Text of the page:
The UK’s fifth largest accounting firm BDO is considering testing its 5,500 UK staff for coronavirus every two weeks as the firm plans a way of returning to its offices after the lockdown ends. It is in early talks about procuring the antigen kits that diagnose whether a person has the virus, according to the Financial Times. If the plans go ahead, BDO would become one of the first firms in the UK to start regular testing of employees.
In terms of international companies who have started testing staff, engineering group ABB has started testing staff at its headquarters in Switzerland; Amazon is building its own testing facilities; BP is testing offshore oil and gas workers; while online supermarket Ocado has bought 100,000 kits for its delivery staff.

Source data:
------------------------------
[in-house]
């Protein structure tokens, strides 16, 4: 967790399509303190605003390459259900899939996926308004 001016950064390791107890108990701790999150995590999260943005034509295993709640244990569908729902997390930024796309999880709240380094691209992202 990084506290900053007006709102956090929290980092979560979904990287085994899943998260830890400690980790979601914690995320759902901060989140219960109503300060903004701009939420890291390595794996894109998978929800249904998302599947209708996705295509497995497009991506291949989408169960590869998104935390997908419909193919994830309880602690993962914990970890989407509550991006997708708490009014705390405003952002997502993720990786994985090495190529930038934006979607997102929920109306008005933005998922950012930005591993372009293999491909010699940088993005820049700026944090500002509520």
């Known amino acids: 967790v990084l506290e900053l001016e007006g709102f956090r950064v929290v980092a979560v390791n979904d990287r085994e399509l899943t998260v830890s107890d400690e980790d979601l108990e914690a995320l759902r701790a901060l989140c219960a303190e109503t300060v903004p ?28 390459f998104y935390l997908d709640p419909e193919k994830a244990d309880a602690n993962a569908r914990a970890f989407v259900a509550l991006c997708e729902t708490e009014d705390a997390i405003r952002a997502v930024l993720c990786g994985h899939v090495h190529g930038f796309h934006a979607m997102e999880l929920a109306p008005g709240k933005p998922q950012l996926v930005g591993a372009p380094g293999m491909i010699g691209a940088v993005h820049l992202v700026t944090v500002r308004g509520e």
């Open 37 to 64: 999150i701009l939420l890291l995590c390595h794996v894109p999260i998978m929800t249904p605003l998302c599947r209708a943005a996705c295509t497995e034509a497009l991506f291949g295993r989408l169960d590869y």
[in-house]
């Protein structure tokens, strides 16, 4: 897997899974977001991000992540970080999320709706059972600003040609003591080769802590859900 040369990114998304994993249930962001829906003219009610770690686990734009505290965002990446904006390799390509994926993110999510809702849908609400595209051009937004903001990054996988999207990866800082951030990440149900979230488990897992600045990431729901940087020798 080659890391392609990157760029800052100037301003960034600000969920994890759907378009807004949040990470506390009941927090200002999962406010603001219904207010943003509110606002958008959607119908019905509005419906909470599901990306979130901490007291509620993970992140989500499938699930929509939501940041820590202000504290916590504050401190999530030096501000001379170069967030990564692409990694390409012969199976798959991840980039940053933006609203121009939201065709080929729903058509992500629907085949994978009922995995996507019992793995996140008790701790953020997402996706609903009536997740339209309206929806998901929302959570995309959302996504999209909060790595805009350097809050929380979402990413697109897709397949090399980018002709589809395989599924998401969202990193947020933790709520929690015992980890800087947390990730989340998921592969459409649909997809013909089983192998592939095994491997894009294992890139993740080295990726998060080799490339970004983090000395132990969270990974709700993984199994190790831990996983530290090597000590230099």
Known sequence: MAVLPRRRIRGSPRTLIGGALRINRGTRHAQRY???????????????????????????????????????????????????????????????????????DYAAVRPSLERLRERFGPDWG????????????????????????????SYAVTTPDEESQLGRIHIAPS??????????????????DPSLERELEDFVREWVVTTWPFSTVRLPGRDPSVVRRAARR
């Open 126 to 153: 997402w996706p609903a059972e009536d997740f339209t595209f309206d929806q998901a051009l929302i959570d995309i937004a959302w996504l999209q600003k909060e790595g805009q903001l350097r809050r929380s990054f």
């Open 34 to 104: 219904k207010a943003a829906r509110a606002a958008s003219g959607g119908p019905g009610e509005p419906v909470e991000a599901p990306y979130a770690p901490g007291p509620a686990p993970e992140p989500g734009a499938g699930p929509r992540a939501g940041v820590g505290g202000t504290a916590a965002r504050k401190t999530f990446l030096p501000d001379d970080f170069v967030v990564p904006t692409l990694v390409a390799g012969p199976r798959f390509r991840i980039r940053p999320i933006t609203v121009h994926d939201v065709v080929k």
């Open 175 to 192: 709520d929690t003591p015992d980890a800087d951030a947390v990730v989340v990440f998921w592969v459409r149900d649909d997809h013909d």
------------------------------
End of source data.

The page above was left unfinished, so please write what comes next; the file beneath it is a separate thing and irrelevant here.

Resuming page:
9am Think tank warns of career and pay hit to ‘corona class of 2020’
The 800,000 school leavers and graduates due to join the labour market shortly is the most exposed age group to the likely unemployment surge caused by coronavirus, according to research by the Resolution Foundation. Youth unemployment in the UK will reach the 1 million mark over the coming year unless the government provides job guarantees or incentives for school leavers and graduates to stay in education, it said. The think tank said otherwise an extra 600,000 people under the age of 25 would risk long-term damage to their career and pay prospects.
The report said employment rates of graduates entering the labour market during this crisis were projected to be 13 per cent lower in three years’ time than they would have been. A year after leaving education the pay of graduates is projected to be 7 per cent lower, and 9 per cent and 19 per cent lower for mid- and low-skilled workers. Ministers must respond by offering guaranteed jobs, focusing apprenticeship opportunities on young workers and introducing new maintenance grants to encourage the under 25s to extend their education by a year, the think tank urged.